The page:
The content management and sharing platform employs Wavefront to understand the health of all the company’s infrastructure and services.


Box offers a modern content and collaboration platform that allows its 41 million users to collaborate from anywhere, on any device.  More than 54,000 businesses use the service, including 55% of the Fortune 500.  As companies in diverse industries transition content to the cloud, Box is scaling to meet the demand for syncing and sharing files quickly and securely.  The firm went public in January 2015.

The Challenge

Box’s customers count on fast upload speeds, site reliability, and quick resolutions to any issues that emerge. The firm was already using an open-source, metric-based data analytics platform to monitor performance. However, it proved unreliable and was becoming expensive for Box to scale and maintain. Box was also using a log-based platform, but it was slower and could only support limited queries once problems had already arisen. Box needed a data analytics platform that would allow it to monitor all of its infrastructure and services reliably and get alerted to problems in real time.

The Solution

After Box adopted Wavefront, it became the go-to tool for development and operations engineers to understand the health of all the company’s infrastructure and services. Within four months, the entire engineering team was leveraging Wavefront. Now hundreds of engineers use the platform daily for managing application performance, troubleshooting, monitoring production and collecting business metrics.

During a trial of Wavefront’s product, Box requested a feature that would enable doing grouping by dimension rather than by host, as they continually re-provisioned the underlying infrastructure. Wavefront added the capability in three days. “That helped build a lot of confidence in strong support from Wavefront for our needs,” says Pierre-Alexandre Masse, Box’s engineering director.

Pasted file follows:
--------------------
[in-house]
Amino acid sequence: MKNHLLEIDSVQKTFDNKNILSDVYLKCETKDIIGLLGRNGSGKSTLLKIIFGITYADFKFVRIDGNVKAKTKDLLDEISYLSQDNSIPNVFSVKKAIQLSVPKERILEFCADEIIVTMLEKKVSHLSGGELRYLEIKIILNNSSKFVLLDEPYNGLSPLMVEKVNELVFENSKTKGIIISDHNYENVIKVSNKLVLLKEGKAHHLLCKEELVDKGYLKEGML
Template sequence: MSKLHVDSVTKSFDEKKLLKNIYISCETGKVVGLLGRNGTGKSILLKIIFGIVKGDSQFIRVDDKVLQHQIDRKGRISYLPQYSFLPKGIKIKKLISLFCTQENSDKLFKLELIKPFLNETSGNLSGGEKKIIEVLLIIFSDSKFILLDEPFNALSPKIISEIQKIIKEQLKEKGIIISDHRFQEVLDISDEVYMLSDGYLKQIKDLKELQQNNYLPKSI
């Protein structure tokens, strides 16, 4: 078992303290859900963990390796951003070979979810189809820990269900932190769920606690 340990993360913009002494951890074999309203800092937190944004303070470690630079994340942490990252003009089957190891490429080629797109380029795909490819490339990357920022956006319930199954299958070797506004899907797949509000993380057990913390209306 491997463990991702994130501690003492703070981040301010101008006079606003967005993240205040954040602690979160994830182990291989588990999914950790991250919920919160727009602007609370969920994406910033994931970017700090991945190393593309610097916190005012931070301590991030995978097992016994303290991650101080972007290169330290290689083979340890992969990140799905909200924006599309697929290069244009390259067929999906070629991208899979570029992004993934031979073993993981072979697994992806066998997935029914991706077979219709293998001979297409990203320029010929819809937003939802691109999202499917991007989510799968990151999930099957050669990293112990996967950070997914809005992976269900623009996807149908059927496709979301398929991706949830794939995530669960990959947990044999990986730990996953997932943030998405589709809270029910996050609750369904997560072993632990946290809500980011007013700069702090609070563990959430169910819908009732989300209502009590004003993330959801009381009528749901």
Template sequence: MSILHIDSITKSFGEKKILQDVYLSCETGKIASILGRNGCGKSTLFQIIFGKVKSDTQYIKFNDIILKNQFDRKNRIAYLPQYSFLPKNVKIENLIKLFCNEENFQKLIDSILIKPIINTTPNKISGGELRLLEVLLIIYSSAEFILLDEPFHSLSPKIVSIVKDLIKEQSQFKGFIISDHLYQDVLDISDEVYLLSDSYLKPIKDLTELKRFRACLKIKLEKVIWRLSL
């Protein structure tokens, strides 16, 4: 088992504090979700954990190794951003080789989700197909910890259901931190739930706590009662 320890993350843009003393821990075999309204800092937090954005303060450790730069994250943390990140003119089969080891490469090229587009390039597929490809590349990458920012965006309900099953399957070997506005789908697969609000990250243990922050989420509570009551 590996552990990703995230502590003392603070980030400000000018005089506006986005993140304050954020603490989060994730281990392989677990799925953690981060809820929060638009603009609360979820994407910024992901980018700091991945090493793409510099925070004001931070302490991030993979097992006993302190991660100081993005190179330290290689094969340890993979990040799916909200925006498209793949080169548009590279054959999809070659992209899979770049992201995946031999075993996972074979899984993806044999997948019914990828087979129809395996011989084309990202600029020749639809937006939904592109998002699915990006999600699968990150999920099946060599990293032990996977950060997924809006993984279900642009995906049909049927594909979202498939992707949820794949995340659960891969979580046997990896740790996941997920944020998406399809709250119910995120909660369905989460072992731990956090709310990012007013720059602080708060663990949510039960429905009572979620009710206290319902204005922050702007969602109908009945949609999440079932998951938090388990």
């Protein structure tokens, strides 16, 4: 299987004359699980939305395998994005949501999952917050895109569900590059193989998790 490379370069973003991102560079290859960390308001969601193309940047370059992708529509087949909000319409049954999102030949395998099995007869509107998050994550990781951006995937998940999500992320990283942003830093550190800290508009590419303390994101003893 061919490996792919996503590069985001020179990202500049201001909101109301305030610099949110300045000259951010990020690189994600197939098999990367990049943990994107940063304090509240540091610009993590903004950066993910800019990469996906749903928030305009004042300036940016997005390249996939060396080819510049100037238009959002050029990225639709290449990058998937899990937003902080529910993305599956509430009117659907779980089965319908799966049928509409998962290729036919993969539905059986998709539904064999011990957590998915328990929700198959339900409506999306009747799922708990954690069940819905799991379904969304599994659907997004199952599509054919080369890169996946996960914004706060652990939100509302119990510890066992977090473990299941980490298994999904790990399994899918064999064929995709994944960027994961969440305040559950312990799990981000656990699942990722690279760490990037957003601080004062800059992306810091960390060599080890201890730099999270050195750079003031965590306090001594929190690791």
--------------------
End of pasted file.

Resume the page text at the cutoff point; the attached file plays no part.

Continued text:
The Results

To gain a more refined understanding of service-level agreements, Box created dashboards across 40 core services that showed compliance and error rates in real time. Setting up and fine-tuning an alert now took seconds, compared to minutes or hours with other platforms, Masse says. As a result, individual teams could customize alerts and add more of them, improving reliability. Through an automated process, Box rolled up the data from each service and pushed it back into Wavefront as a new metric. A global view into whether Box was meeting service-level agreements could easily be shared among multiple users. In all, Box uses hundreds of dashboards and 728 alerts to learn about problems as or before they arise.

The ease of visualizing and exploring data has helped Box’s engineers make discoveries regarding usage patterns and optimize infrastructure. For example, they were able to see that some data they were collecting was not useful and to observe previously unknown drops in data rates. Thanks to reliance on real-time metrics rather than standard log queries, Wavefront has allowed Box to improve application development speed, diagnose live site issues, and predict failures ahead of time. And Masse believes Wavefront will continue to be a core support for Box as it grows: “We have full confidence that Wavefront will be able to scale along with Box both in dealing with more data and more users.”

Wavefront gives us very quick insights and the best query language we could find to really explore our data and understand it,” Masse says. “As we rely on data and metrics to make our decisions, this makes Wavefront now an essential and indispensable part of our day-to-day operations.

Pierre-Alexandre MasseBox Engineering Director